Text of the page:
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Diebold Compromised Its Own Voting Machine Security

A photo of the key on its Web site helped reproduce real duplicate keys that can open the controversial voting machines.

Thomas Claburn

January 25, 2007

1 Min Read

Chalk up another problem for embattled voting machine maker Diebold. This time, however, the culprit is Diebold itself.

The latest security lapse for Diebold is a product of the company's own marketing: A picture of a voting machine key on the Diebold Web site has been used to create real duplicate keys that can open Diebold's voting machines.

"Diebold's AccuVote-TS electronic voting machines have lousy security," security researcher J. Alex Halderman declared in a blog post on Tuesday.

The revelation follows other dilemmas for Diebold. Various media reports suggest malicious software can be installed on Diebold voting machines and the lock securing the machines can be opened with a simple hotel minibar key.

As detailed on Freedom to Tinker, Ross Kinard, a contributor to technology podcast Sploitcast, used blank keys from Ace Hardware, a drill, three cabinet locks as guides, and a file to create three keys that matched the key pictured on Diebold's site. Kinard then sent the keys to Halderman, who had a Diebold machine he had acquired in the course of his security research. Two of the three hand-filed keys opened the Diebold machine.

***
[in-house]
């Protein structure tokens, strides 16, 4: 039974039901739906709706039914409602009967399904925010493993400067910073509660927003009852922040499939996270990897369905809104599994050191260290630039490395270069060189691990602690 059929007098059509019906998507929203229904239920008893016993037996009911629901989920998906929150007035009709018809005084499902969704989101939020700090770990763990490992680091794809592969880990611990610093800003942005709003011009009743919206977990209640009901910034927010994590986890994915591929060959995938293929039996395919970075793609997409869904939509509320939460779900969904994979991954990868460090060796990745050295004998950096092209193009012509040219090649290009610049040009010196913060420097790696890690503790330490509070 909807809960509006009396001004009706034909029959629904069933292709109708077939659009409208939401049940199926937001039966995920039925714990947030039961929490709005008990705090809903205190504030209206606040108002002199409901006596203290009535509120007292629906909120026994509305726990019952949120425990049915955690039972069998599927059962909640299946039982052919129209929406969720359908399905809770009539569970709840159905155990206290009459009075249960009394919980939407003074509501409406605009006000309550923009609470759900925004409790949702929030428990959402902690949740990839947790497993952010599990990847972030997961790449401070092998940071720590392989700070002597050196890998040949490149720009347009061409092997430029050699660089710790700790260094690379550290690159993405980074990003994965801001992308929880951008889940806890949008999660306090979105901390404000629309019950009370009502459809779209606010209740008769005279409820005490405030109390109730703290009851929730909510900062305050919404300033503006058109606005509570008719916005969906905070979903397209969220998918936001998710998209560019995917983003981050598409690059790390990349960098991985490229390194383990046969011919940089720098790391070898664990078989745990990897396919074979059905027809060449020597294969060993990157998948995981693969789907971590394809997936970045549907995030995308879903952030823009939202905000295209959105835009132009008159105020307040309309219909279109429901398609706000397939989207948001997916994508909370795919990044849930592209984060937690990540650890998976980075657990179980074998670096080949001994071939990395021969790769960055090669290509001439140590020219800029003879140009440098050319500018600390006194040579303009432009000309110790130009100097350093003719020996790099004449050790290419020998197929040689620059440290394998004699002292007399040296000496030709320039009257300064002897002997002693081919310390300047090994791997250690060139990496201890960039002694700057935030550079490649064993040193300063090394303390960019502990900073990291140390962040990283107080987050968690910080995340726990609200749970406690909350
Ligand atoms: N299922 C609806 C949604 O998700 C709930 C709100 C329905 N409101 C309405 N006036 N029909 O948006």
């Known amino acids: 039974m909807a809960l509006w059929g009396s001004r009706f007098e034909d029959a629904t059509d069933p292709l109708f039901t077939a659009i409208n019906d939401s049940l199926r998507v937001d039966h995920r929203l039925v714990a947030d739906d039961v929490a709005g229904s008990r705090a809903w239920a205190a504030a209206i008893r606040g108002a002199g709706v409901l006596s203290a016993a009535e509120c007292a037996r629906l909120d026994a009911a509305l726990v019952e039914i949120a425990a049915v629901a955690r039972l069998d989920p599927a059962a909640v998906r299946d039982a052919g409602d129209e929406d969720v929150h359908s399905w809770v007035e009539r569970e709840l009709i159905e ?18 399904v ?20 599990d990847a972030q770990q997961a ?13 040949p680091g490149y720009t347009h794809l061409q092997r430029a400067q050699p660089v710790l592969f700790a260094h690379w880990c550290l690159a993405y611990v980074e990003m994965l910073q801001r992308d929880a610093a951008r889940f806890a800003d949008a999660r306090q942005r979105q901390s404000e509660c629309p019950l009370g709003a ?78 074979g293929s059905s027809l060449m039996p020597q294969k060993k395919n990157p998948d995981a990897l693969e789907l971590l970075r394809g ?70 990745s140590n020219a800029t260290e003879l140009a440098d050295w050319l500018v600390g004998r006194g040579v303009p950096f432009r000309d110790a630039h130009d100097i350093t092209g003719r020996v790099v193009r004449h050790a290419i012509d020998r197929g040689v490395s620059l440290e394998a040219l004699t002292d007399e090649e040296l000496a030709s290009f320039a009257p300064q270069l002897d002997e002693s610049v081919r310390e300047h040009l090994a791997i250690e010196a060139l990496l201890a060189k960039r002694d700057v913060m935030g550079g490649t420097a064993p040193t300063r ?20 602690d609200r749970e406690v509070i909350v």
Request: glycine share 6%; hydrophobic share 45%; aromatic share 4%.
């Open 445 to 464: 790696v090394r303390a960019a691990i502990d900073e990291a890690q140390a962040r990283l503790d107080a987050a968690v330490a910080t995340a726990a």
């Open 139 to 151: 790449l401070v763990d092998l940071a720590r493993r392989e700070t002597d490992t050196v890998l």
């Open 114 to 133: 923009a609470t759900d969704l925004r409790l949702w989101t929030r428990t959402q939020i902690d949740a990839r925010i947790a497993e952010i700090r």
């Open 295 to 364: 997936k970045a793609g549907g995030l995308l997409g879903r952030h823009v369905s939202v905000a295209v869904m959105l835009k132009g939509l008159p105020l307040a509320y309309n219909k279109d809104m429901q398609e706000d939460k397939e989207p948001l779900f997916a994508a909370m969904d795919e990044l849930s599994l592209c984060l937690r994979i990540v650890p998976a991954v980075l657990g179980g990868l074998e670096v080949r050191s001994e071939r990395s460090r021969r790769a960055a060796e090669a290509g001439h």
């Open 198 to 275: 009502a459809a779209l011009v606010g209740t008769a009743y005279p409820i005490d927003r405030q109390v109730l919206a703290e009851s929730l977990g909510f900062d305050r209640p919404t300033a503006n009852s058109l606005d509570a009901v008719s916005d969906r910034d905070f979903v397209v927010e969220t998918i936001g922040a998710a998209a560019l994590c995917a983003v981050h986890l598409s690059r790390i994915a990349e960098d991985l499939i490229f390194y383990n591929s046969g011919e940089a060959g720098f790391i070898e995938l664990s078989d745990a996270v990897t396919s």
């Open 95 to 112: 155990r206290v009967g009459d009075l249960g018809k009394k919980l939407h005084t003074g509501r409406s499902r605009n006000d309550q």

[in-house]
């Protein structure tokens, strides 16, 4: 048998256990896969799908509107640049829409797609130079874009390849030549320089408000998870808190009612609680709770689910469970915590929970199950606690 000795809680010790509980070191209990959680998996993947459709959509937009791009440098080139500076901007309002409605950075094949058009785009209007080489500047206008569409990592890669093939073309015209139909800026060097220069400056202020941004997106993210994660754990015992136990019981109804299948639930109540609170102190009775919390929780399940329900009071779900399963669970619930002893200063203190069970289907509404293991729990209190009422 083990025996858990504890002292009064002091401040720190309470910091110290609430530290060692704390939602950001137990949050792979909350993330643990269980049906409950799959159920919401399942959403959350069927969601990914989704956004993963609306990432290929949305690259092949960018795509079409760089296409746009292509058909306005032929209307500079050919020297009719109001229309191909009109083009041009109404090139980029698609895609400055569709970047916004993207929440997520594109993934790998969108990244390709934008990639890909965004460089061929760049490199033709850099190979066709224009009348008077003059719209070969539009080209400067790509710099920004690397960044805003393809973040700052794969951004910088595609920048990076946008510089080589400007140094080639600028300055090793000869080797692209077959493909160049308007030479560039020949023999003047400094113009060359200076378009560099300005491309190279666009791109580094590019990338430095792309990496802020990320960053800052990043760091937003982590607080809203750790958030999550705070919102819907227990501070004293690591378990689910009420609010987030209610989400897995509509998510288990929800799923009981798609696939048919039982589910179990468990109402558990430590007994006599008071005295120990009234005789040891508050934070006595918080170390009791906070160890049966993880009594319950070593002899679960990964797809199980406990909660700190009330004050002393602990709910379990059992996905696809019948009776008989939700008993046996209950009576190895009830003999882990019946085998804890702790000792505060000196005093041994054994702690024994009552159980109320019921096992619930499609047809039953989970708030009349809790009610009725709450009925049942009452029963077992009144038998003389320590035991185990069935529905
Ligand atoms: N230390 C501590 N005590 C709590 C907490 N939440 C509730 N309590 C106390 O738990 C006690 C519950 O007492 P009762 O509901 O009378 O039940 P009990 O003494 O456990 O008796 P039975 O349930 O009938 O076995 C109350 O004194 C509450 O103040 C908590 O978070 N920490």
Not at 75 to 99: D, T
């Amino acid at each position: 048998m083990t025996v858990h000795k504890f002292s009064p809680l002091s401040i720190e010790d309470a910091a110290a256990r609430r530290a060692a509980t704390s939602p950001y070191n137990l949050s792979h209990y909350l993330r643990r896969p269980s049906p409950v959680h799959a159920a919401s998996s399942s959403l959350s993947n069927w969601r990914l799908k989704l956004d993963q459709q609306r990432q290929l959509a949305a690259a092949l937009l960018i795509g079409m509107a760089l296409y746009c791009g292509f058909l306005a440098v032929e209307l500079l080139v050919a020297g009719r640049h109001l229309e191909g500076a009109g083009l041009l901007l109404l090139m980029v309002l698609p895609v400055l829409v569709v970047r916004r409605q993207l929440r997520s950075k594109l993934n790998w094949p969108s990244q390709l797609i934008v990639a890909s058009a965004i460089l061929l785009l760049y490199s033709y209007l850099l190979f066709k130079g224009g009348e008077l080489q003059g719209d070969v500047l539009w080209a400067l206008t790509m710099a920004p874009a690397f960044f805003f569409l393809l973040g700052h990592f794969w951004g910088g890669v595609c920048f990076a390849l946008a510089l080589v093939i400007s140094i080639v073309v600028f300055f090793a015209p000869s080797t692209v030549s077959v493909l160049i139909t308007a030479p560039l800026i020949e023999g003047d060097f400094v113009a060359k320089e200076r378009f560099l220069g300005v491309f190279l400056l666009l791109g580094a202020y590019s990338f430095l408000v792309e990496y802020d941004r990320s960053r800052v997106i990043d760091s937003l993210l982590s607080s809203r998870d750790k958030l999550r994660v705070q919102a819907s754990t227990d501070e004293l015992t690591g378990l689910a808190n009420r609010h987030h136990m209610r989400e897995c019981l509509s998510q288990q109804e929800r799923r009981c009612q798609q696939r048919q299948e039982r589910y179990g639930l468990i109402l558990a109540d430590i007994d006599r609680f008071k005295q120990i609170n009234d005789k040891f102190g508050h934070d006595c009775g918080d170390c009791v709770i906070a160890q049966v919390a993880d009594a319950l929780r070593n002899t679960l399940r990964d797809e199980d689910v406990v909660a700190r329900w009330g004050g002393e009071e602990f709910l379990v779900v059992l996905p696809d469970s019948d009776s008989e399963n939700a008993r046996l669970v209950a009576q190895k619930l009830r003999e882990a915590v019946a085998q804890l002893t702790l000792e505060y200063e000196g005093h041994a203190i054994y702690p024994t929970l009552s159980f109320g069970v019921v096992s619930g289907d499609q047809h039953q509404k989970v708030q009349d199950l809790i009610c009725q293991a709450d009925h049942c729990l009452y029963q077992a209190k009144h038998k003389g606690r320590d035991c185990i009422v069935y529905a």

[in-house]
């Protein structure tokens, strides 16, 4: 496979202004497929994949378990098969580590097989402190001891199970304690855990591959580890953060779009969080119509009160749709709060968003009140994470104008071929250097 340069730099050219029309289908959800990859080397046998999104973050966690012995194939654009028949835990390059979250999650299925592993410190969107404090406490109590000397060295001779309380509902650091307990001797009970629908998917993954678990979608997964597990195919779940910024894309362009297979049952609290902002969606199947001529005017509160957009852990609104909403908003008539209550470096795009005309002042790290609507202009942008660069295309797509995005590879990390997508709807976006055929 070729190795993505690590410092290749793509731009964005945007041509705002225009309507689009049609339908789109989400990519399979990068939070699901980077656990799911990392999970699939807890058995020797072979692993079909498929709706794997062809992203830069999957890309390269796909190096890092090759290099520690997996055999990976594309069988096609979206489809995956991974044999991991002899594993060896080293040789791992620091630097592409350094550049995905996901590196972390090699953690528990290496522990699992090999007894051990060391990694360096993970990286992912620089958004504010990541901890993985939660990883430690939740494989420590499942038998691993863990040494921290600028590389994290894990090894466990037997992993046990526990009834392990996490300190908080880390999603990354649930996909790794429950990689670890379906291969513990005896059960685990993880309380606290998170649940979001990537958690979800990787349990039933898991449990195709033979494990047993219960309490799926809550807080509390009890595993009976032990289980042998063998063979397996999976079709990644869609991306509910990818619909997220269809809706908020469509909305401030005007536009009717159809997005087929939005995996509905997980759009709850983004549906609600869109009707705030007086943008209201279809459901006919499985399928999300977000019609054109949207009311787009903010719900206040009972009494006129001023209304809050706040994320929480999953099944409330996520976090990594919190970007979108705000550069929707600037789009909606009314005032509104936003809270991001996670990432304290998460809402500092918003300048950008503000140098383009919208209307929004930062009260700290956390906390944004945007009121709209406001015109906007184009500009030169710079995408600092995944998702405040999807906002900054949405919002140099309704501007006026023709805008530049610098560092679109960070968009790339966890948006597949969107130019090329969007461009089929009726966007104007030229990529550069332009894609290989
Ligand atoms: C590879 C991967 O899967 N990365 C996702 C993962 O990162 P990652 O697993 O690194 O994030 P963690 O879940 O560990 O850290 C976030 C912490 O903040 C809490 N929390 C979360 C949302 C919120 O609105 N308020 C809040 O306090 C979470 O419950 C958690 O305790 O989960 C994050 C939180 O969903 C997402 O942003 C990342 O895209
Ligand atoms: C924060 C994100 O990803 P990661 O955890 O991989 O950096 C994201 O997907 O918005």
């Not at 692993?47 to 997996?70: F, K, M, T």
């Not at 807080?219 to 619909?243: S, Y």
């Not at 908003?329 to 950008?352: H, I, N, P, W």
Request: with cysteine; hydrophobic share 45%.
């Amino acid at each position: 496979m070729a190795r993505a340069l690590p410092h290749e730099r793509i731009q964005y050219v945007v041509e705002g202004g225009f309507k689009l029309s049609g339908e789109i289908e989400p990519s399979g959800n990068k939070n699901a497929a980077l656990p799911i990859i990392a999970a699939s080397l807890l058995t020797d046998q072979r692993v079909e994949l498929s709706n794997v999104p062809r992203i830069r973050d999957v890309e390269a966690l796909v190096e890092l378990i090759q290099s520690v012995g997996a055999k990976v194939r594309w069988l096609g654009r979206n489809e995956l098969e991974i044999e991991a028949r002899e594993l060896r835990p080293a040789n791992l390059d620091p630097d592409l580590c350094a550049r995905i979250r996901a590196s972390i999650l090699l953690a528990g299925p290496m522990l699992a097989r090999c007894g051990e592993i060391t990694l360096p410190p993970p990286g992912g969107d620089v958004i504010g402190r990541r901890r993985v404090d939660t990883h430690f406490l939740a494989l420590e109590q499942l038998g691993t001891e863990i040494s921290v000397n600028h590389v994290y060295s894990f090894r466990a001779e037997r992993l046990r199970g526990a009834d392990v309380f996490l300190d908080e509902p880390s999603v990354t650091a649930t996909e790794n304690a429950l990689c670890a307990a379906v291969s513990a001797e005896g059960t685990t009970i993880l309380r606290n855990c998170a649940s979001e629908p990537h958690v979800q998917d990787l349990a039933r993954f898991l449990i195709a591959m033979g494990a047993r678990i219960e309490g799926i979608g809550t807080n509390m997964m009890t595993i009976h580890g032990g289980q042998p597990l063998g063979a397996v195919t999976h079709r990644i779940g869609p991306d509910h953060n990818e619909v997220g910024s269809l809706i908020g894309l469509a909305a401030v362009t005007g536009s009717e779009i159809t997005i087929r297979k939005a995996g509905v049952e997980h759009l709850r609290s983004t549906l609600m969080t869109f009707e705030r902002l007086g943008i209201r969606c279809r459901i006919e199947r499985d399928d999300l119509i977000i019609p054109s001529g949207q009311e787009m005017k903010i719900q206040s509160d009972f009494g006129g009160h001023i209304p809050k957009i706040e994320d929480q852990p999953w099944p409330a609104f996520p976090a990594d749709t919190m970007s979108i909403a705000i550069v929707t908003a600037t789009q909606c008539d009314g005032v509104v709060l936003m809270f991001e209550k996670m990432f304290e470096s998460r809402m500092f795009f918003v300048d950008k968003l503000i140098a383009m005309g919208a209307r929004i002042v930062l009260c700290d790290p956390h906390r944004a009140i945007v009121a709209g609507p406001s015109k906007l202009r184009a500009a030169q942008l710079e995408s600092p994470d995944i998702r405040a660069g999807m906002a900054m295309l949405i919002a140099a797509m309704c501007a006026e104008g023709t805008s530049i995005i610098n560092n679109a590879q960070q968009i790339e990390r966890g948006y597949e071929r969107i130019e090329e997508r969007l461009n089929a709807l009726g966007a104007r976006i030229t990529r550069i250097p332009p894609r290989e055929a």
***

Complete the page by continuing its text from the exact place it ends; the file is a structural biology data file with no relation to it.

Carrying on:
Diebold did not immediately reply to a request for comment.

Halderman reported that on Thursday Diebold removed the picture of the key from its site. He offers this damning assessment of the security of the company's voting machines: "Security experts advocate designing systems with 'defense in depth,' multiple layers of barriers against attack. The Diebold electronic voting systems, unfortunately, seem to exhibit 'weakness in depth.' If one mode of attack is blocked or simply too inconvenient, there always seems to be another waiting to be exposed."

About the Author(s)

Thomas Claburn

Editor at Large, Enterprise Mobility

Thomas Claburn has been writing about business and technology since 1996, for publications such as New Architect, PC Computing, InformationWeek, Salon, Wired, and Ziff Davis Smart Business. Before that, he worked in film and television, having earned a not particularly useful master's degree in film production. He wrote the original treatment for 3DO's Killing Time, a short story that appeared in On Spec, and the screenplay for an independent film called The Hanged Man, which he would later direct. He's the author of a science fiction novel, Reflecting Fires, and a sadly neglected blog, Lot 49. His iPhone game, Blocfall, is available through the iTunes App Store. His wife is a talented jazz singer; he does not sing, which is for the best.

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